• AACOMAS Application Fee
  • Transcripts
  • Standardized Test Scores

Materials you will send directly to the school(s) are:

  • Letters of Evaluation (processed letter packet by the Pre-Health Office or individually sent by letter writers)

Schools that do not participate in AACOMAS are:

Tips and Procedures

Coursework: Make sure to check the admissions requirements of the schools you are considering. Occasionally, schools have requirements beyond the regular premedical course work. You can plan to take these courses during the application year.

Letters of Evaluation: You should have a minimum of four letters of recommendation and can have up to six. We advise that you request:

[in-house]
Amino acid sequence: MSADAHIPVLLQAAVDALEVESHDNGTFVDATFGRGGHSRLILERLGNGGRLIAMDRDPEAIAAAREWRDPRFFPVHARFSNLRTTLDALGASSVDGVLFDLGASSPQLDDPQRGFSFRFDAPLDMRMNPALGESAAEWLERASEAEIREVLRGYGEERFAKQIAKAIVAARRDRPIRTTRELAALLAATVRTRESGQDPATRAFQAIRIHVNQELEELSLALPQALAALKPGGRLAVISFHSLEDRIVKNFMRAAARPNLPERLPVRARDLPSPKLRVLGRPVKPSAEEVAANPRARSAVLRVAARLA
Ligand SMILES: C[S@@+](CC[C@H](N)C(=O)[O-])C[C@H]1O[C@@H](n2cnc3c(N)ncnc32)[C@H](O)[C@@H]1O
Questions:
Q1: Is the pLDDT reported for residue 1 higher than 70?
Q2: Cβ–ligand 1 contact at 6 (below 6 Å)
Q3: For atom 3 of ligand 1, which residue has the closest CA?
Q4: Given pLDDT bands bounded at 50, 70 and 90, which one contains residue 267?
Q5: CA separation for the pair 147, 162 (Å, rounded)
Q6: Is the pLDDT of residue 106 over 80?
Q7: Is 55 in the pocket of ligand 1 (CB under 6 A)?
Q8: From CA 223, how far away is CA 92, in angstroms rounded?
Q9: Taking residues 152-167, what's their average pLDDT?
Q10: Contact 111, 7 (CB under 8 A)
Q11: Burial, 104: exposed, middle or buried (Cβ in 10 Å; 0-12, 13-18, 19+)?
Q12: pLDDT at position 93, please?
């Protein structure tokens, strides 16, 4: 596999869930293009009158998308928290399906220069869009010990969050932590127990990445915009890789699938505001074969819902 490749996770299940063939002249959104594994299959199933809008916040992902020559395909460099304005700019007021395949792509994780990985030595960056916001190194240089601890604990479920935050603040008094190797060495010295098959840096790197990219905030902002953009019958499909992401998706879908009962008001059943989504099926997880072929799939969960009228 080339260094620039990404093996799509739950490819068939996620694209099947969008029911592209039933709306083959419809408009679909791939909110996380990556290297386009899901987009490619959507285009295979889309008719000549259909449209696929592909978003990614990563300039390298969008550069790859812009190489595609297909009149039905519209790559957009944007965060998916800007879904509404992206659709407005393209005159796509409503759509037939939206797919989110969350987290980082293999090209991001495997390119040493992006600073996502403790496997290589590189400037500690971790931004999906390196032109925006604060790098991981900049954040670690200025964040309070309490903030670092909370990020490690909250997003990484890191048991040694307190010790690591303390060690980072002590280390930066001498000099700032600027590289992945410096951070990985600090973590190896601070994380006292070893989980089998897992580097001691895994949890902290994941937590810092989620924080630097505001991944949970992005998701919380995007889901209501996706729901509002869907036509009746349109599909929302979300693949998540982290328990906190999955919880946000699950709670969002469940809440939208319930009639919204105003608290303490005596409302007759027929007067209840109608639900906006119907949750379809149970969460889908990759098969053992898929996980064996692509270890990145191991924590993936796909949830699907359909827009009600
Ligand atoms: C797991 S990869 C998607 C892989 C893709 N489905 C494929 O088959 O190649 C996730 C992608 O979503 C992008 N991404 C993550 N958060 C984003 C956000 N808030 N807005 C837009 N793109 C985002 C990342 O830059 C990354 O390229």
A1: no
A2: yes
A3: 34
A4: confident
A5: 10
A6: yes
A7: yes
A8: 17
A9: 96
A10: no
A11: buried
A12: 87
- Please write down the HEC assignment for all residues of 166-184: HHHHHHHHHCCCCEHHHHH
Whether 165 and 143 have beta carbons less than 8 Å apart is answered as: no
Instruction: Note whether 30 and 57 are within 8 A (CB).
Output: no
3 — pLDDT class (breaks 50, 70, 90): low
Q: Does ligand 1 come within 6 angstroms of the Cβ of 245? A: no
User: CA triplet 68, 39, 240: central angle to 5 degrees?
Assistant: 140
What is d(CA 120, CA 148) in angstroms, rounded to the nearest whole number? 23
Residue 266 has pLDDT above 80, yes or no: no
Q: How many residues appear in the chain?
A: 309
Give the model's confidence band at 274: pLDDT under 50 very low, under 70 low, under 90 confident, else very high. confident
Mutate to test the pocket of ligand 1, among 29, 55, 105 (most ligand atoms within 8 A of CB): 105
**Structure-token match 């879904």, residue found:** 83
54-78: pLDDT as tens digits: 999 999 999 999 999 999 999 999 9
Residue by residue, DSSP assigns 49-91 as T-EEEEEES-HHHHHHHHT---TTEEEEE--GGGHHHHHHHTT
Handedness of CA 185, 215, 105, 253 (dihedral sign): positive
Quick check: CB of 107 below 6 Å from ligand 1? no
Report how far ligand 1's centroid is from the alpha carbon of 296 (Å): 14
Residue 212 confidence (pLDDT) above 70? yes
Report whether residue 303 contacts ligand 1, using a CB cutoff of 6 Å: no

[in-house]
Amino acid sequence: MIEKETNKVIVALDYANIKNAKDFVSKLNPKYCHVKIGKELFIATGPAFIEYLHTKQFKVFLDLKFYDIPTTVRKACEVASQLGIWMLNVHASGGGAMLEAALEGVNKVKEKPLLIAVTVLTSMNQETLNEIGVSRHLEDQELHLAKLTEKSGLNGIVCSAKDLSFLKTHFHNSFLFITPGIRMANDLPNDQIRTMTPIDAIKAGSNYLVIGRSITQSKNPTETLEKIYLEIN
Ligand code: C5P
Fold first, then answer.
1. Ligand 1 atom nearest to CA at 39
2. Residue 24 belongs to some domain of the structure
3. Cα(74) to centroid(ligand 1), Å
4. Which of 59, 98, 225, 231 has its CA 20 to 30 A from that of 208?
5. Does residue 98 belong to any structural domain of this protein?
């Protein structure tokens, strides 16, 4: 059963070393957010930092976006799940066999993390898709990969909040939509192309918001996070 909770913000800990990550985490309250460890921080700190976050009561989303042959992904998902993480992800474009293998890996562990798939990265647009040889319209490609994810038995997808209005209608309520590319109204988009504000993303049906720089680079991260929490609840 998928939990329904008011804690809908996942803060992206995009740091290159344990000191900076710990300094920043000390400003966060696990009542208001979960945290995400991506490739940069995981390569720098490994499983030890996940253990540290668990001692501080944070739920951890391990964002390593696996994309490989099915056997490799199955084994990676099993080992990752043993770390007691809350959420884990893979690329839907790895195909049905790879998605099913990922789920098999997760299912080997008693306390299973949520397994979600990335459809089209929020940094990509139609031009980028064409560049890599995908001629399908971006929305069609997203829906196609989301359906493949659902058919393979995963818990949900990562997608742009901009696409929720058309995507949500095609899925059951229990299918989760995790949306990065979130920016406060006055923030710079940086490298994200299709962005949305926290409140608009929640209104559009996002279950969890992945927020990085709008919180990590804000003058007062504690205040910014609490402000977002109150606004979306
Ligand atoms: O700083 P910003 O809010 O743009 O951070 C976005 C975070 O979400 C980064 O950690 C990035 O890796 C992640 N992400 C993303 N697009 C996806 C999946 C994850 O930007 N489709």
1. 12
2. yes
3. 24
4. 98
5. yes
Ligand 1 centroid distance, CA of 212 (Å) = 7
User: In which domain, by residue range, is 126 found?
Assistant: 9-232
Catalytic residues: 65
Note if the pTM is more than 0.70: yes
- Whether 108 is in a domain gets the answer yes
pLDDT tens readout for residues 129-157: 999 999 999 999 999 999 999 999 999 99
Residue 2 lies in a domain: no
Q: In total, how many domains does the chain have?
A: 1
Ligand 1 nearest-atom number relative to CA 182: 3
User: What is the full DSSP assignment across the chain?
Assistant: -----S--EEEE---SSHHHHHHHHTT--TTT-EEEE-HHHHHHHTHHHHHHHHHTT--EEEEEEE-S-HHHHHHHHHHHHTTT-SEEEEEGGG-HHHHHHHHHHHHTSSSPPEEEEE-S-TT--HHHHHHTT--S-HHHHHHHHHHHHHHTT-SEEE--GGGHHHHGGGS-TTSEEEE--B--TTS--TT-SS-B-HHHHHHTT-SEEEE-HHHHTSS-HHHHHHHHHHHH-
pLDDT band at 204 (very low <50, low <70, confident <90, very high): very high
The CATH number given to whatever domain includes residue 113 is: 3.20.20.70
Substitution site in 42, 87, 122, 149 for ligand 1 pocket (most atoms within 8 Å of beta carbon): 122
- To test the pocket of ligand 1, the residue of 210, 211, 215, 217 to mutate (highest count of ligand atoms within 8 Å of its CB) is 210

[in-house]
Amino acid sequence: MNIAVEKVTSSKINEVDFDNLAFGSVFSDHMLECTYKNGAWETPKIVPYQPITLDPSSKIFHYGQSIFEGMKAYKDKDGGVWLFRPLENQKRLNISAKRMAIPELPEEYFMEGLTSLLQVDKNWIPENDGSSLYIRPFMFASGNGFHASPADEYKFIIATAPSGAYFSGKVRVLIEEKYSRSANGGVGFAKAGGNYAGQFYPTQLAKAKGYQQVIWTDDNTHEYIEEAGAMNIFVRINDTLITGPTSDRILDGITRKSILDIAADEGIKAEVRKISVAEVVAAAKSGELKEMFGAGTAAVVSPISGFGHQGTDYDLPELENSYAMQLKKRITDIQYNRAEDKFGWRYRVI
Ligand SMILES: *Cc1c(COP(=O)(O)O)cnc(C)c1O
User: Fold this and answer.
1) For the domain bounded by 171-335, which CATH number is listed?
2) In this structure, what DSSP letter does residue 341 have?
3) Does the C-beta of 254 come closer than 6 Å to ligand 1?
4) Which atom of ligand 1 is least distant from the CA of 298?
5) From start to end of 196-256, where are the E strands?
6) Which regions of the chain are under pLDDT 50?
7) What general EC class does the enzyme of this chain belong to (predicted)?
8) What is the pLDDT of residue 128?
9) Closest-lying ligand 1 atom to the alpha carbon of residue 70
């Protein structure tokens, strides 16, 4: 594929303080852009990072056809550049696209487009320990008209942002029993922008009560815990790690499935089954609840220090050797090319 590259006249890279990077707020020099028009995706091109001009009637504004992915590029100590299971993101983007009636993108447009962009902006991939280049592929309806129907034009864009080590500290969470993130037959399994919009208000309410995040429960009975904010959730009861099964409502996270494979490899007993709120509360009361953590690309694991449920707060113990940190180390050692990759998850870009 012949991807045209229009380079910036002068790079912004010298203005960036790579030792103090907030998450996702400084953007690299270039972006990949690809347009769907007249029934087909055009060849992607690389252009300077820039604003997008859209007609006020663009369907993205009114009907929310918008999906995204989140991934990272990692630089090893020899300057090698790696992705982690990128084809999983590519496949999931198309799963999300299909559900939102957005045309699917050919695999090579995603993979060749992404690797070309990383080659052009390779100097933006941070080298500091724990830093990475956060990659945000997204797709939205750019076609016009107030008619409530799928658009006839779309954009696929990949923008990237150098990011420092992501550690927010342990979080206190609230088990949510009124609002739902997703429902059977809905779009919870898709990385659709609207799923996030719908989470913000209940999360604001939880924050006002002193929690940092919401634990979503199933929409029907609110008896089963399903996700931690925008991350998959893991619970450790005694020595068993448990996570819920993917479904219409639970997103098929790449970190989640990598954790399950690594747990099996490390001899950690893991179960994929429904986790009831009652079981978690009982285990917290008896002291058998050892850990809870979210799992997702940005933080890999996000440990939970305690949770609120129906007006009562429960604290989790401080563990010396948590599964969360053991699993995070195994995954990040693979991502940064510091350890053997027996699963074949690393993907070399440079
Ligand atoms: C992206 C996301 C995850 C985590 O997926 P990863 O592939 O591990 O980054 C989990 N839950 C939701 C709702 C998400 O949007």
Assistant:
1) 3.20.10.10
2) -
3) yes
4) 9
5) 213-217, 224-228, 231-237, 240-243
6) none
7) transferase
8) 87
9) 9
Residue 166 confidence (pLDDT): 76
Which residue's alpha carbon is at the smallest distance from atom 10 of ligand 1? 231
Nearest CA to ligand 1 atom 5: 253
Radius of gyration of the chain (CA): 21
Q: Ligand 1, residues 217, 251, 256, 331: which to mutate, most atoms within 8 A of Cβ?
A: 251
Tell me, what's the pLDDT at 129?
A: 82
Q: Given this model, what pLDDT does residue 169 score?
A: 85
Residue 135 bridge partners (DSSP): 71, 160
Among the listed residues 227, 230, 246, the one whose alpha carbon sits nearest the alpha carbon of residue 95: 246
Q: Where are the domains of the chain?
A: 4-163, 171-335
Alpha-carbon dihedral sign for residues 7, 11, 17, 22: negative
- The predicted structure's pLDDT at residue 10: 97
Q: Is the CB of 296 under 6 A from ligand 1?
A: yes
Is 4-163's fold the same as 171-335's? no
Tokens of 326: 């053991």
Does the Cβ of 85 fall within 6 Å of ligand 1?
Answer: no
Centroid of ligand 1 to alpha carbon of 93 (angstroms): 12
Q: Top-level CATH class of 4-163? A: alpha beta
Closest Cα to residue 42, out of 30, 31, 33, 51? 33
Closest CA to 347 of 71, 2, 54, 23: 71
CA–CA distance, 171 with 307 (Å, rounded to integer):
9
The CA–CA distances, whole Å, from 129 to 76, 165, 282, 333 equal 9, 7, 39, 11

• Two to three "Inside Letters" from Claremont College faculty (ask science faculty, thesis advisors, faculty you conducted research with,  first and then supplement with non-science faculty if you would like).
  • One to two letters from individuals outside the Claremont Colleges. Outside letters might be written by a doctor for whom you interned or volunteered, a previous supervisor/employer, or a researcher with whom you worked, other volunteer/service supervisor.
  • Meet with Susie Fang to discuss your potential letters and determine whether you will process a "committee letter packet" or "letter packet".
  • On your AMCAS/TMDSAS/AACOMAS application, you will have to indicate how your letters are being sent. Indicate that you have a Committee Letter or Letter Packet and enter Susie Fang as the "Primary Author/Contact". (This assumes that you have met all of your deadlines and have qualified for a committee letter or letter packet...otherwise each letter writer will be listed as an individual entry and will submit their own letter directly to AMCAS/AACOMAS)